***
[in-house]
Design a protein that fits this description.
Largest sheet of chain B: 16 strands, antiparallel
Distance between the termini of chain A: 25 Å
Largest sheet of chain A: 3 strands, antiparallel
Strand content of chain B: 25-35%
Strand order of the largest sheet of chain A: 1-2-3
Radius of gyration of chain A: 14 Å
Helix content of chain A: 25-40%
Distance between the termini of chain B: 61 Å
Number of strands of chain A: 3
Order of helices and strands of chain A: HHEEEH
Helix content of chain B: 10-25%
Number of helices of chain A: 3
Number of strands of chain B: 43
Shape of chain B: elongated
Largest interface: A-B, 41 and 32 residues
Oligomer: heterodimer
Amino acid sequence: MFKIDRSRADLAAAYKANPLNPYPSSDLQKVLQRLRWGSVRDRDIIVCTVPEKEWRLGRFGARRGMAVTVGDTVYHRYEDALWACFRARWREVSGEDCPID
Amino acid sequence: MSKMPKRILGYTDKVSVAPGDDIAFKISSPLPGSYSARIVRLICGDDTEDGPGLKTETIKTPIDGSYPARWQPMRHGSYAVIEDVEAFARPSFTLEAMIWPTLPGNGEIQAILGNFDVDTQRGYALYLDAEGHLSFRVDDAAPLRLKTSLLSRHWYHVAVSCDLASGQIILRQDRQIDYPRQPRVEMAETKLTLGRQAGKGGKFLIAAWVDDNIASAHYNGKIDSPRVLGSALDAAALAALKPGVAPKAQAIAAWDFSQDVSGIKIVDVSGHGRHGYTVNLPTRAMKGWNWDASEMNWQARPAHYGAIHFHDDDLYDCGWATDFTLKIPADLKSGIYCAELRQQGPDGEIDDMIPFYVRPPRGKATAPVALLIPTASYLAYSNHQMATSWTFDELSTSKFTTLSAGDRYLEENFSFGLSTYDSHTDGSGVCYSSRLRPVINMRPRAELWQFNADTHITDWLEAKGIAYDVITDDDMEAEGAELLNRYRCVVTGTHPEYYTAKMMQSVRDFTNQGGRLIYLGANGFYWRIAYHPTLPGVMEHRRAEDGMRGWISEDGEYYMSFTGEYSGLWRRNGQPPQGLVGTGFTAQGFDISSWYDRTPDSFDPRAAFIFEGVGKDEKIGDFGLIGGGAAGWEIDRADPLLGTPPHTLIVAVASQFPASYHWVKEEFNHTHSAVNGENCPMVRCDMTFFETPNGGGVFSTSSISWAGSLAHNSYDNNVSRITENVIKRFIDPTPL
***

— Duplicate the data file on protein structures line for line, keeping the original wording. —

[in-house]
Design a protein that fits this description.
Largest sheet of chain B: 16 strands, antiparallel
Distance between the termini of chain A: 25 Å
Largest sheet of chain A: 3 strands, antiparallel
Strand content of chain B: 25-35%
Strand order of the largest sheet of chain A: 1-2-3
Radius of gyration of chain A: 14 Å
Helix content of chain A: 25-40%
Distance between the termini of chain B: 61 Å
Number of strands of chain A: 3
Order of helices and strands of chain A: HHEEEH
Helix content of chain B: 10-25%
Number of helices of chain A: 3
Number of strands of chain B: 43
Shape of chain B: elongated
Largest interface: A-B, 41 and 32 residues
Oligomer: heterodimer
Amino acid sequence: MFKIDRSRADLAAAYKANPLNPYPSSDLQKVLQRLRWGSVRDRDIIVCTVPEKEWRLGRFGARRGMAVTVGDTVYHRYEDALWACFRARWREVSGEDCPID
Amino acid sequence: MSKMPKRILGYTDKVSVAPGDDIAFKISSPLPGSYSARIVRLICGDDTEDGPGLKTETIKTPIDGSYPARWQPMRHGSYAVIEDVEAFARPSFTLEAMIWPTLPGNGEIQAILGNFDVDTQRGYALYLDAEGHLSFRVDDAAPLRLKTSLLSRHWYHVAVSCDLASGQIILRQDRQIDYPRQPRVEMAETKLTLGRQAGKGGKFLIAAWVDDNIASAHYNGKIDSPRVLGSALDAAALAALKPGVAPKAQAIAAWDFSQDVSGIKIVDVSGHGRHGYTVNLPTRAMKGWNWDASEMNWQARPAHYGAIHFHDDDLYDCGWATDFTLKIPADLKSGIYCAELRQQGPDGEIDDMIPFYVRPPRGKATAPVALLIPTASYLAYSNHQMATSWTFDELSTSKFTTLSAGDRYLEENFSFGLSTYDSHTDGSGVCYSSRLRPVINMRPRAELWQFNADTHITDWLEAKGIAYDVITDDDMEAEGAELLNRYRCVVTGTHPEYYTAKMMQSVRDFTNQGGRLIYLGANGFYWRIAYHPTLPGVMEHRRAEDGMRGWISEDGEYYMSFTGEYSGLWRRNGQPPQGLVGTGFTAQGFDISSWYDRTPDSFDPRAAFIFEGVGKDEKIGDFGLIGGGAAGWEIDRADPLLGTPPHTLIVAVASQFPASYHWVKEEFNHTHSAVNGENCPMVRCDMTFFETPNGGGVFSTSSISWAGSLAHNSYDNNVSRITENVIKRFIDPTPL